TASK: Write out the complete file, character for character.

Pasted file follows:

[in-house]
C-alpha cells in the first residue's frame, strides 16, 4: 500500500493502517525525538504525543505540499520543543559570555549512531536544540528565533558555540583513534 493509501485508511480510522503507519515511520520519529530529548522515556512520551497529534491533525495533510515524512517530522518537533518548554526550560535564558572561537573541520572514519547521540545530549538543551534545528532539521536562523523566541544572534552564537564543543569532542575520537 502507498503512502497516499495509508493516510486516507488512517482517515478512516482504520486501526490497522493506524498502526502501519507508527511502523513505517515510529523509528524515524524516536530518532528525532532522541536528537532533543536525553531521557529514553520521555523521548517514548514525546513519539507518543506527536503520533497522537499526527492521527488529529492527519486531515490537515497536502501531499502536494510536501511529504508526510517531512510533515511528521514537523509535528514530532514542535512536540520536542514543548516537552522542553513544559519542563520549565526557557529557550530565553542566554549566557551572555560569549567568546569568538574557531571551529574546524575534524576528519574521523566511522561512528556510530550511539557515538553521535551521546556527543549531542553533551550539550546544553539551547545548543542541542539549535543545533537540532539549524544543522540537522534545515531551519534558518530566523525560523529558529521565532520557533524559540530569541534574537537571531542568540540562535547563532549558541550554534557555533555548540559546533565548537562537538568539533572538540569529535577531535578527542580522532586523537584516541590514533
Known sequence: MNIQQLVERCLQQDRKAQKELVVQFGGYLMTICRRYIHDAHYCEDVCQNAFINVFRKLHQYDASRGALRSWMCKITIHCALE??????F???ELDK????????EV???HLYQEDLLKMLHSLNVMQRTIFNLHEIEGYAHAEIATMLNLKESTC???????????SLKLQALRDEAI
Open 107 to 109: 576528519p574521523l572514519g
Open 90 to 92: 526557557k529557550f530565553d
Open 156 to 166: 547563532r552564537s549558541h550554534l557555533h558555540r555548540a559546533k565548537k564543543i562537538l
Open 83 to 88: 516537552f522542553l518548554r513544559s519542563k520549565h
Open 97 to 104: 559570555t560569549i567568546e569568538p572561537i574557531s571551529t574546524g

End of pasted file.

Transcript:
[in-house]
C-alpha cells in the first residue's frame, strides 16, 4: 500500500493502517525525538504525543505540499520543543559570555549512531536544540528565533558555540583513534 493509501485508511480510522503507519515511520520519529530529548522515556512520551497529534491533525495533510515524512517530522518537533518548554526550560535564558572561537573541520572514519547521540545530549538543551534545528532539521536562523523566541544572534552564537564543543569532542575520537 502507498503512502497516499495509508493516510486516507488512517482517515478512516482504520486501526490497522493506524498502526502501519507508527511502523513505517515510529523509528524515524524516536530518532528525532532522541536528537532533543536525553531521557529514553520521555523521548517514548514525546513519539507518543506527536503520533497522537499526527492521527488529529492527519486531515490537515497536502501531499502536494510536501511529504508526510517531512510533515511528521514537523509535528514530532514542535512536540520536542514543548516537552522542553513544559519542563520549565526557557529557550530565553542566554549566557551572555560569549567568546569568538574557531571551529574546524575534524576528519574521523566511522561512528556510530550511539557515538553521535551521546556527543549531542553533551550539550546544553539551547545548543542541542539549535543545533537540532539549524544543522540537522534545515531551519534558518530566523525560523529558529521565532520557533524559540530569541534574537537571531542568540540562535547563532549558541550554534557555533555548540559546533565548537562537538568539533572538540569529535577531535578527542580522532586523537584516541590514533
Known sequence: MNIQQLVERCLQQDRKAQKELVVQFGGYLMTICRRYIHDAHYCEDVCQNAFINVFRKLHQYDASRGALRSWMCKITIHCALE??????F???ELDK????????EV???HLYQEDLLKMLHSLNVMQRTIFNLHEIEGYAHAEIATMLNLKESTC???????????SLKLQALRDEAI
Open 107 to 109: 576528519p574521523l572514519g
Open 90 to 92: 526557557k529557550f530565553d
Open 156 to 166: 547563532r552564537s549558541h550554534l557555533h558555540r555548540a559546533k565548537k564543543i562537538l
Open 83 to 88: 516537552f522542553l518548554r513544559s519542563k520549565h
Open 97 to 104: 559570555t560569549i567568546e569568538p572561537i574557531s571551529t574546524g